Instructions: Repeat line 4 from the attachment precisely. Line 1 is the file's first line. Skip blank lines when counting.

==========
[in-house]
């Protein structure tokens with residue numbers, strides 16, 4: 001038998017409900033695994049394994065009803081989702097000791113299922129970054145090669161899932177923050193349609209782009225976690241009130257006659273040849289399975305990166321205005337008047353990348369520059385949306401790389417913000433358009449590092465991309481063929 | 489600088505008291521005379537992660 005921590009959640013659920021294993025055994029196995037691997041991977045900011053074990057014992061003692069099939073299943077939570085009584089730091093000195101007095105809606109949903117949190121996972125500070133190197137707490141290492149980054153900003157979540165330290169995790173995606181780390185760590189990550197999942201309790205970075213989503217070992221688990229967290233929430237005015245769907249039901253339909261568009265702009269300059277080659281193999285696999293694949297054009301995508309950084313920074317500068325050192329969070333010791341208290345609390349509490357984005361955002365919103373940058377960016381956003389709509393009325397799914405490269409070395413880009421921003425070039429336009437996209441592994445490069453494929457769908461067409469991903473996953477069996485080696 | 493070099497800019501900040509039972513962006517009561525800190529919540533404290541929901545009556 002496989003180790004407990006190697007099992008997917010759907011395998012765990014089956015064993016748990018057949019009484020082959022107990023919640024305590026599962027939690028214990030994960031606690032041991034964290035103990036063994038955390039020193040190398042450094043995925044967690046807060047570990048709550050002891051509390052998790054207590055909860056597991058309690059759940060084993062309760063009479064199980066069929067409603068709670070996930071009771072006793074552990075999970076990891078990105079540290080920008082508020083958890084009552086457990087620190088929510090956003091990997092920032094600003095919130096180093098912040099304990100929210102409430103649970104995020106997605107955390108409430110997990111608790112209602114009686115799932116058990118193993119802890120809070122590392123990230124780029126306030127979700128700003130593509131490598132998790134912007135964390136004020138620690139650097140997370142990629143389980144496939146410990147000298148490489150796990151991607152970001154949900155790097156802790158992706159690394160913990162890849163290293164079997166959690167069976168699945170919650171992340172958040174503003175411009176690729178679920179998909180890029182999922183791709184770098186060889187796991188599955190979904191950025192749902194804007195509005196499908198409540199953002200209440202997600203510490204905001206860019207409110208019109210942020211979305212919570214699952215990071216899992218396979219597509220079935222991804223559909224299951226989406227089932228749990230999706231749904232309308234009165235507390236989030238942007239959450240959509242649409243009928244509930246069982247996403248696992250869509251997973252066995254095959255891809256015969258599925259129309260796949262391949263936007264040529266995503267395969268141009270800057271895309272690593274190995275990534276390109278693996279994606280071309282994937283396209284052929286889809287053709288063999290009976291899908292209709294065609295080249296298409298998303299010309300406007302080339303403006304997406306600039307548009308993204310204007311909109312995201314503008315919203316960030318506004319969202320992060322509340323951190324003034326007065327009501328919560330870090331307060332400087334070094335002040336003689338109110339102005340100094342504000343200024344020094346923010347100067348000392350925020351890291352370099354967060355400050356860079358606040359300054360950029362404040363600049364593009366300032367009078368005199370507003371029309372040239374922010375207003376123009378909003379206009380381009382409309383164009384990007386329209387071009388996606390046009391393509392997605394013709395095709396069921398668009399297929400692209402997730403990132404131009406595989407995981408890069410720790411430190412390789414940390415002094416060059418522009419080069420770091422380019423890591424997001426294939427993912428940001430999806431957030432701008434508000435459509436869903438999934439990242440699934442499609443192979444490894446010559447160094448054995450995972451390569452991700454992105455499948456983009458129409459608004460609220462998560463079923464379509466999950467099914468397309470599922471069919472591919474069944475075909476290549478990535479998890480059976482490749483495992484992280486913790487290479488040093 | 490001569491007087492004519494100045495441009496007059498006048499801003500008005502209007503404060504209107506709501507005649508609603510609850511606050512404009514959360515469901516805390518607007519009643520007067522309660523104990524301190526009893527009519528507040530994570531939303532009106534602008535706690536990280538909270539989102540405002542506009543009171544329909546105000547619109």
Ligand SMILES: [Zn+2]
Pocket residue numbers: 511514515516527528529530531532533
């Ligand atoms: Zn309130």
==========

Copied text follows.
Pocket residue numbers: 511514515516527528529530531532533